• Combination Dampers

Combination dampers combine smoke and fire dampers into one unit. Once extreme heat is detected, the combination damper will automatically close. Combination dampers have their own smoke detection systems that trigger the damper to close. Combination dampers operate separately from the HVAC system, similar to how dynamic fire dampers work.

What is a Smoke Damper?

Passive fire protection systems also include smoke dampers. Whenever there is a fire, the first sign is often the smell or sight of smoke. Smoke also poses one of the biggest risks in terms of safety and damage. Smoke dampers help slow the travel of smoke through a building in the event of a fire.

Smoke dampers are triggered by the smoke detection system within the building. When the smoke detection system sense smoke in the building, it sends a signal to the smoke dampers to close.

Once closed, smoke dampers stop air from circulating through a building and trap the smoke. This allows people to get out of the building before the smoke becomes too dense, as well as provides fires responders with time to contain the smoke and fire damage. Smoke dampers are installed at the intersection of smoke barriers, much like fire dampers with fire barriers.

Importance and Maintenance of Fire and Smoke Dampers

The National Fire Protection Association (NFPA) began recommending the use of fire dampers and smoke dampers as a part of passive fire protection systems during the 1930s. Today, fire and smoke dampers are a mandatory part of the NFPA’s codes and standards. These codes and standards also require inspections of your passive fire protection system occur yearly.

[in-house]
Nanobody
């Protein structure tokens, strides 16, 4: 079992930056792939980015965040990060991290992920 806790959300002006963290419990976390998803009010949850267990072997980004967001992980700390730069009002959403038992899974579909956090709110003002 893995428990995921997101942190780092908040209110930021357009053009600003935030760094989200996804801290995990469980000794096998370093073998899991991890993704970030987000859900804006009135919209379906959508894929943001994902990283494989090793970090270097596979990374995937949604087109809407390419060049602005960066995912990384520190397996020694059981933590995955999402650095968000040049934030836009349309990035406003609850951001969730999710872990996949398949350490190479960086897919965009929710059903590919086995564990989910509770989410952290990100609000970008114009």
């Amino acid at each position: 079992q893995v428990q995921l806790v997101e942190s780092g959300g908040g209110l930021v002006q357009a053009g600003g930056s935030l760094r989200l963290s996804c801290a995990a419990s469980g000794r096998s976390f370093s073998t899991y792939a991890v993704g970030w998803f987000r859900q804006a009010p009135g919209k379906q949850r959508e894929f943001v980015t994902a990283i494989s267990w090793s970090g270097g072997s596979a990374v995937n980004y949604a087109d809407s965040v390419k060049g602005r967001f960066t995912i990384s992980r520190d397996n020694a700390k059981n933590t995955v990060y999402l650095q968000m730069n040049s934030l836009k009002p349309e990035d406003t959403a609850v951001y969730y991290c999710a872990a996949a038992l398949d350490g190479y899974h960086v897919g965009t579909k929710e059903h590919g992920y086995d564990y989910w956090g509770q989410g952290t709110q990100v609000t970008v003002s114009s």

Beyond smoke and fire dampers, your passive fire protection system includes fire doors, fire walls, smoke barriers, fire barriers, glass block assemblies, fabric fire safety curtains, and special protections for hazardous areas. As part of NFPA Code 80, these passive fire protection systems are required and need regular inspections.

Without these protections in place, a fire and its associated smoke can spread faster than you would expect. This makes escaping a building in the event of a fire dangerous for the people in the building, and makes it more difficult for firefighters to control and fight the fire.

At Lloyd Industries, we work with a network of HVAC and fire safety professionals to assist you with all your passive fire protection needs. If you are located in the United States, you can find a list of representations here. If you are international, you can find a list of our international representatives at the bottom of this page. If you want direct assistance from a Lloyd Industries professional, please feel free to contact us at any time.

No matter what your passive fire protection safety needs are, Lloyd Industries has the supplies and products to support you. You can view our entire selection of products here and request a custom quote today.